5 Great Ways to Make Online Lessons More Interactive
Due to the way most businesses tend to operate and with the increasing rate of digitalization which has started over a decade ago, most schools are starting to catch up with the online teaching trend that private courses have grown used to.
With the ever more growing population that is both teaching and learning over the internet, there is a need for efficient, fun and interactive lessons. Where in the old-style classroom teachers could use various nonverbal tools, over the internet luckily there are a few tips and tricks to help them.
Here are some of the ways you can make your online lessons more interactive and thereby more engaging for students!
1) Don’t just speak
Most people vary in style with which they learn. According to the study done in 2014, researchers split the teaching styles into three groups:
- auditory learners (learners who process new information best by hearing it)
- visual learners (the majority of people: learners who prefer images, videos, graphic representations, etc.)
- kinesthetic learners (learners who use their body and movement to learn new things)
Auditory learners learn by listening. They most easily grasp new ideas and concepts when they actually hear the information. Most often, these learners respond best to verbal lectures, frontal teaching, role-playing games and exercises, discussions, reading aloud, etc. When it comes to auditory learners, they are typically very good at following instructions even with minimal input. However, for them, written information might not do the trick as auditory input.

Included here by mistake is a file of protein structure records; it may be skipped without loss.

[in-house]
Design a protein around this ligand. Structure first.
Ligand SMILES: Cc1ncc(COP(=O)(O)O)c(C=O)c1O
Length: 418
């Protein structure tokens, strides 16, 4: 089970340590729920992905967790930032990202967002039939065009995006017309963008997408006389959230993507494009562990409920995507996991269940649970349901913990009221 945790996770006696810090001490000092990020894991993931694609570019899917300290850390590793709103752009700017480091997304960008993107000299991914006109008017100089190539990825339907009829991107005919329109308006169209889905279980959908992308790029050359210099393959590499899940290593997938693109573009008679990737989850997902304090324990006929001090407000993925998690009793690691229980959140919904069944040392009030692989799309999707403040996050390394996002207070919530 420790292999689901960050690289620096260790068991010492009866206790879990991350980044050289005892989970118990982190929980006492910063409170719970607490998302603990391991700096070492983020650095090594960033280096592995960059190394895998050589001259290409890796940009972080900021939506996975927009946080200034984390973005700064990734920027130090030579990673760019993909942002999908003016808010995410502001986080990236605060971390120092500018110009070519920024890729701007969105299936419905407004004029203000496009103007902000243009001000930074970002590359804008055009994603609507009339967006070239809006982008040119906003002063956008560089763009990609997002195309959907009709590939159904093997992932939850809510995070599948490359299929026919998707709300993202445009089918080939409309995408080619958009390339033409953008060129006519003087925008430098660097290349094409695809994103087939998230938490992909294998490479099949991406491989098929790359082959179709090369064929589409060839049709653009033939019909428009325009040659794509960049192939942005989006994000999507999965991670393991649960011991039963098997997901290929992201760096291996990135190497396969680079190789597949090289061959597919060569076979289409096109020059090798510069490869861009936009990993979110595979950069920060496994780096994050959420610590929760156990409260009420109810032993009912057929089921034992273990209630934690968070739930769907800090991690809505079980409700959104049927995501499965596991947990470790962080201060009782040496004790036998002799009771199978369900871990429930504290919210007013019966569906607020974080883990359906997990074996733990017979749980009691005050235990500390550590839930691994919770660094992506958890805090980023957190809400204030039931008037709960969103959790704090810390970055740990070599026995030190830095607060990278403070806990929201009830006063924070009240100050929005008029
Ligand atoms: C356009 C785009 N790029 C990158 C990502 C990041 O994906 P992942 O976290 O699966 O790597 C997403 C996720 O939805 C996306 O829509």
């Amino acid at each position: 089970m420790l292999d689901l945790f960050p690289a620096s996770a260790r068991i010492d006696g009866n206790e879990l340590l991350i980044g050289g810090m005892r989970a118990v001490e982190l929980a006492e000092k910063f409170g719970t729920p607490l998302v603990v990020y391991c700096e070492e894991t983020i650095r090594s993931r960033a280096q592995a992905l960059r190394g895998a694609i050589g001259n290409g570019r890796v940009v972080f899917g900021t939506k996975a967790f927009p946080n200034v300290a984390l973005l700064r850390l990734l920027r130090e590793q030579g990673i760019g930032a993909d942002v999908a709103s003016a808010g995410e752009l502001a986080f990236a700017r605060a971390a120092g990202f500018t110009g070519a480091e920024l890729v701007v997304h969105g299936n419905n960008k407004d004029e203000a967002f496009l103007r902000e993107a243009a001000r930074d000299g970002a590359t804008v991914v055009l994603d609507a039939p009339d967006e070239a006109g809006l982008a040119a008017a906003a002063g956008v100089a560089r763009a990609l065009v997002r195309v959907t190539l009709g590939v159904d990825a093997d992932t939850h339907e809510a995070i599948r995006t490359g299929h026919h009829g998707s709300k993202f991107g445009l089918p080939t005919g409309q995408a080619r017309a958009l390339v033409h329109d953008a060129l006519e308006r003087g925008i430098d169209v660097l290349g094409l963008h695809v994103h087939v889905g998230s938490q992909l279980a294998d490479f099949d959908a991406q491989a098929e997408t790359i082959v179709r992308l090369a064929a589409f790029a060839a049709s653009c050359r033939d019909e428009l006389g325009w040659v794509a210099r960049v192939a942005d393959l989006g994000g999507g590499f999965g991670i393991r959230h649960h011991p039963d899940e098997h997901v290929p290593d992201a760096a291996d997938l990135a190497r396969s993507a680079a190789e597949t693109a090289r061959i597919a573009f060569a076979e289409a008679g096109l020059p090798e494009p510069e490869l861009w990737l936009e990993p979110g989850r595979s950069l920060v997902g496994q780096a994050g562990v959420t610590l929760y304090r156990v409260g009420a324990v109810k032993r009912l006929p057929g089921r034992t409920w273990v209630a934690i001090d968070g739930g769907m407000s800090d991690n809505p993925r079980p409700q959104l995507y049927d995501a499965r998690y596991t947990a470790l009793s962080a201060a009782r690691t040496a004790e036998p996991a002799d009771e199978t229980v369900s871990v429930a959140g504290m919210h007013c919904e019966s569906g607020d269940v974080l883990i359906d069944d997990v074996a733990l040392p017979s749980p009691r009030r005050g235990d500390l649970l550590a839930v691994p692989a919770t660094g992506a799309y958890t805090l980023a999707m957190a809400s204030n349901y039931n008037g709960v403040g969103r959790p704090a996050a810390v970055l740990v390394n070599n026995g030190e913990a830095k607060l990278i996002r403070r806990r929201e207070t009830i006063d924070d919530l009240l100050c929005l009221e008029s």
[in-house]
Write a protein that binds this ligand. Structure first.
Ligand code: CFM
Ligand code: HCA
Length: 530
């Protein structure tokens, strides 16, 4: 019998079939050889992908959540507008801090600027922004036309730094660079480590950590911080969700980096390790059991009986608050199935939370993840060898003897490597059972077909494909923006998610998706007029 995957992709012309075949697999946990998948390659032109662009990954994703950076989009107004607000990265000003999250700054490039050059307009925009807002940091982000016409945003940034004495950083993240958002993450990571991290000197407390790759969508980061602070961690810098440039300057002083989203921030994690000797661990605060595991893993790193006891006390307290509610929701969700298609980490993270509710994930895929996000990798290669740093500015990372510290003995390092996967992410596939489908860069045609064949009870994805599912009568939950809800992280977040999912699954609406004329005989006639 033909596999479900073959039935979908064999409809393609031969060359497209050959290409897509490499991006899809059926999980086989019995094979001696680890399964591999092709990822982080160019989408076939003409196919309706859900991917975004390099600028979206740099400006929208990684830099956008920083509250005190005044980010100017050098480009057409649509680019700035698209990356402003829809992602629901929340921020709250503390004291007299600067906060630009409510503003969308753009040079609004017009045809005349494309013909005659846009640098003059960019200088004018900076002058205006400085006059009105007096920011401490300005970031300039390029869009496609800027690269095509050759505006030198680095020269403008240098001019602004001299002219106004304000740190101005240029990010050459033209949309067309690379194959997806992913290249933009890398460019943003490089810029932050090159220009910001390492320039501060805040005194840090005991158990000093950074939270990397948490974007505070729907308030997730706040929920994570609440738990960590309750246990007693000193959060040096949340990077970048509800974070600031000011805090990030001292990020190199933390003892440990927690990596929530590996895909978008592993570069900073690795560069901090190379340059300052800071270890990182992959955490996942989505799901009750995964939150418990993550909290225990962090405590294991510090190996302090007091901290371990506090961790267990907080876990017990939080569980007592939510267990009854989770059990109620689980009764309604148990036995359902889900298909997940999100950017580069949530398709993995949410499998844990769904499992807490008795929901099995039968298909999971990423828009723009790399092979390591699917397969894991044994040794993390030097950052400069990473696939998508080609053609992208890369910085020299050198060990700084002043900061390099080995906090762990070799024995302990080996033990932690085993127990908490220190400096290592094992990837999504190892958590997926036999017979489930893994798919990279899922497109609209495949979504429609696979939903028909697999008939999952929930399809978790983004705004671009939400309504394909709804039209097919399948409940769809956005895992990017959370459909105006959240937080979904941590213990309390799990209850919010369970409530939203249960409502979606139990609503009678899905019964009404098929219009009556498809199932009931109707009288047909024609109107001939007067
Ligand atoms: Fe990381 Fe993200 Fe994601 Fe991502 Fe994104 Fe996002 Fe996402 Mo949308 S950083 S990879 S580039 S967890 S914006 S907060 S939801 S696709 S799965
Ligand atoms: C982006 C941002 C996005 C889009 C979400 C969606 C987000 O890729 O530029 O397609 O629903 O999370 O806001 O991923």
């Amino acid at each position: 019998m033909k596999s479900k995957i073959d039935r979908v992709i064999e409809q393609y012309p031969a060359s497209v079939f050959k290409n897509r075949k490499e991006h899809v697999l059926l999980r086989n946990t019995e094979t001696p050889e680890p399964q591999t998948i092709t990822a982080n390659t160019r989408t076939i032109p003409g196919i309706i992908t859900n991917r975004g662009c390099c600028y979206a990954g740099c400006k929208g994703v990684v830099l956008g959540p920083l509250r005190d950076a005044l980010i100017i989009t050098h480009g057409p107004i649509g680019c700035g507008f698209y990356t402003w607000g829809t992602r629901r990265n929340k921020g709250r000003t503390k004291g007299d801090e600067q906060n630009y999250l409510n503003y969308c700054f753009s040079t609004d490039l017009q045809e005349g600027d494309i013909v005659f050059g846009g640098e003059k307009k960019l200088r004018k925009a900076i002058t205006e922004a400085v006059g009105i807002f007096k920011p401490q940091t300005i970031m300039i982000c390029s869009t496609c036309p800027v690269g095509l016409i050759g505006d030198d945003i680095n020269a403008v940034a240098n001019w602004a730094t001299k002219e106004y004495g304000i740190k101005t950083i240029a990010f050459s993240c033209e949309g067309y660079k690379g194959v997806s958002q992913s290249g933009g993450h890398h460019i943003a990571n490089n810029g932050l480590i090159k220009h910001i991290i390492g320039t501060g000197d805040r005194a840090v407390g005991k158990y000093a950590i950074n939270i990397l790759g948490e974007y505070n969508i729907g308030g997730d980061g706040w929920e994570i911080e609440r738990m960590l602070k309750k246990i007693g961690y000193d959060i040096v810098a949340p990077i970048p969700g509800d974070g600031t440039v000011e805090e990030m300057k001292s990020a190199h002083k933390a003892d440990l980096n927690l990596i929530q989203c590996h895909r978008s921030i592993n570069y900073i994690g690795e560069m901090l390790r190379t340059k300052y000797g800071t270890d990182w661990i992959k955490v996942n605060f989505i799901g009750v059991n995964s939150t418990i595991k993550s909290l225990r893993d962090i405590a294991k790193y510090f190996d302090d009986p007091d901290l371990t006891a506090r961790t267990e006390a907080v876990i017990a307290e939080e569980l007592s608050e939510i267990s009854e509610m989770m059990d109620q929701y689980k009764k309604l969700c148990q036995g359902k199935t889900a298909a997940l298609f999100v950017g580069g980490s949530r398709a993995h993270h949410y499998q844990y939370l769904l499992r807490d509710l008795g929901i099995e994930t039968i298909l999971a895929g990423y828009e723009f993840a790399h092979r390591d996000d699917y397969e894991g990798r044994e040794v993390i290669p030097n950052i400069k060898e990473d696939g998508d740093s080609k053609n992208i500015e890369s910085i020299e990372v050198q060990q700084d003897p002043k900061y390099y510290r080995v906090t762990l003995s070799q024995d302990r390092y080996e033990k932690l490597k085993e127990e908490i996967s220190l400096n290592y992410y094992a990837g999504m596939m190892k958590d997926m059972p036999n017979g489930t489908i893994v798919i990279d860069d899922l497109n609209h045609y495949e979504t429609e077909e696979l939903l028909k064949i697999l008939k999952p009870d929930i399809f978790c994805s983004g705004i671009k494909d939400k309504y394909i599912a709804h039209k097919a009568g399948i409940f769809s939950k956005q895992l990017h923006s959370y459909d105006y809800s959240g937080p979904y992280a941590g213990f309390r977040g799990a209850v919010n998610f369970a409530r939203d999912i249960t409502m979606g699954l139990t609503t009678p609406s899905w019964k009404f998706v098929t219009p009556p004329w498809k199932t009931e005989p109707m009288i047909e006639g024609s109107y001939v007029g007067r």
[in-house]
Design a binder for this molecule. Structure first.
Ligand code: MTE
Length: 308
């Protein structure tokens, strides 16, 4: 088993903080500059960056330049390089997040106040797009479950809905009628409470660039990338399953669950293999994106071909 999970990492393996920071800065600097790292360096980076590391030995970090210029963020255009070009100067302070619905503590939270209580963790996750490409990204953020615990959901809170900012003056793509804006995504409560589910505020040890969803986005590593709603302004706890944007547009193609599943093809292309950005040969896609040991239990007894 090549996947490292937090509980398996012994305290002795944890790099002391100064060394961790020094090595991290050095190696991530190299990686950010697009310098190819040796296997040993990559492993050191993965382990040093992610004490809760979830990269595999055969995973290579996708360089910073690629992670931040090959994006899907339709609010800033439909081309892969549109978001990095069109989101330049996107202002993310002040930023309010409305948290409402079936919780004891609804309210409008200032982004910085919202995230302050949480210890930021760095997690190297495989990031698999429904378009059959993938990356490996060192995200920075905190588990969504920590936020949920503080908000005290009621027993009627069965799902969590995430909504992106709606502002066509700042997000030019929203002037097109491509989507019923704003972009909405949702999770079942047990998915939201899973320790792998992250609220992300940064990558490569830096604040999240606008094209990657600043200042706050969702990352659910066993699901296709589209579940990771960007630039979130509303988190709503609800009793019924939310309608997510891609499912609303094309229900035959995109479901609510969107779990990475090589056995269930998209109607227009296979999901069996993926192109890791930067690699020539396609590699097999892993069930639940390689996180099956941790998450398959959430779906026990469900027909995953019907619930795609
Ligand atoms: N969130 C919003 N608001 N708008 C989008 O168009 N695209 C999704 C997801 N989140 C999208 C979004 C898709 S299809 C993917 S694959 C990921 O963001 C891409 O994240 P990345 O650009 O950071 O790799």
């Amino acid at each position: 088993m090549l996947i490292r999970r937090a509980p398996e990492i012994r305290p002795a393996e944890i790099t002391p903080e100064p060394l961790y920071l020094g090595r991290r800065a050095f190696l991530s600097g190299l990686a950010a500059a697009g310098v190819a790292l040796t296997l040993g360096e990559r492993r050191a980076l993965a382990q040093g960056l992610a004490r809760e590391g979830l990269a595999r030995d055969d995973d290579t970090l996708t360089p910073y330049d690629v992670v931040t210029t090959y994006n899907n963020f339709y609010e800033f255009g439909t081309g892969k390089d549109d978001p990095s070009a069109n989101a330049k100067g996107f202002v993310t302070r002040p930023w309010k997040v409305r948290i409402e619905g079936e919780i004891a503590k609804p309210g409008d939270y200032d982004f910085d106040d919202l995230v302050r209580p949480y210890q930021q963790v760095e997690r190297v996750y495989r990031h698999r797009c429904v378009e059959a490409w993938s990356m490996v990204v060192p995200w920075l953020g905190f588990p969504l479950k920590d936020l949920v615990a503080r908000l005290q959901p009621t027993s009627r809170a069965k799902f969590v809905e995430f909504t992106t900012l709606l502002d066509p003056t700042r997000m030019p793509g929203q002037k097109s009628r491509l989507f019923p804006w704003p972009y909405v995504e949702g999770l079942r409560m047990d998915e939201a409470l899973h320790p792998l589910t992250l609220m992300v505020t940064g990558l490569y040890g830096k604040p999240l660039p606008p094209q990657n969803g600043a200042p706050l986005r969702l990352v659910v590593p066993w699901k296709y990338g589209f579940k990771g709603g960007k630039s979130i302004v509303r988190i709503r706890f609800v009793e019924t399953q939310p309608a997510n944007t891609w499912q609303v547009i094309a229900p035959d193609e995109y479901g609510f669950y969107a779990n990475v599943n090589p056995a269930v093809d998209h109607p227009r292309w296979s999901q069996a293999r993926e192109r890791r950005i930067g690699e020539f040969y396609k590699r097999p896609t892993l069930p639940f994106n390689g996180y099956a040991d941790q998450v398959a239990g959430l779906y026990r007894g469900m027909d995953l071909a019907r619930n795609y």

Visual learners, on the other hand, thrive on visual information and the easiest way for them to grasp a new concept is through seeing. They do not want group projects, discussions, or pre-recorded lectures: they actually want to see to understand.
Kinesthetic learners are a rare breed, but they exist, and they usually have problems with grasping concepts in traditional classrooms. They comprehend information and concepts by moving and touching. They are ‘doers’, not ‘talkers’ or ‘listeners’. For these students, teachers usually have to use active learning exercises. With that said, it would be useful to include engaging visuals and even some movement in teaching lessons since the classic style of teaching would cover only around 60% of learning potential.
In other words, if you want your lessons to be more interactive, you have to cover a teaching plan for all these different styles of learning.
2) Use online apps and tools
Let’s face it, teaching online wouldn’t even be possible without the internet. Thankfully, the internet brings us a huge plethora of different applications that can be used to instantly peak students’ interest and increase engagement.
Since apps and games can be stimulating, interesting and fun, teachers will be more likely to motivate the student to pay attention to the lesson. As for most professions, you are going to use computers. Using different apps prepares students to use technology and learn abilities that can be used for everyday tasks and a vast majority of job functions.
Being able to instantly share fun and engaging content also leaves enough time to additionally engage with individual students that could be struggling to keep up or maybe would like to learn more.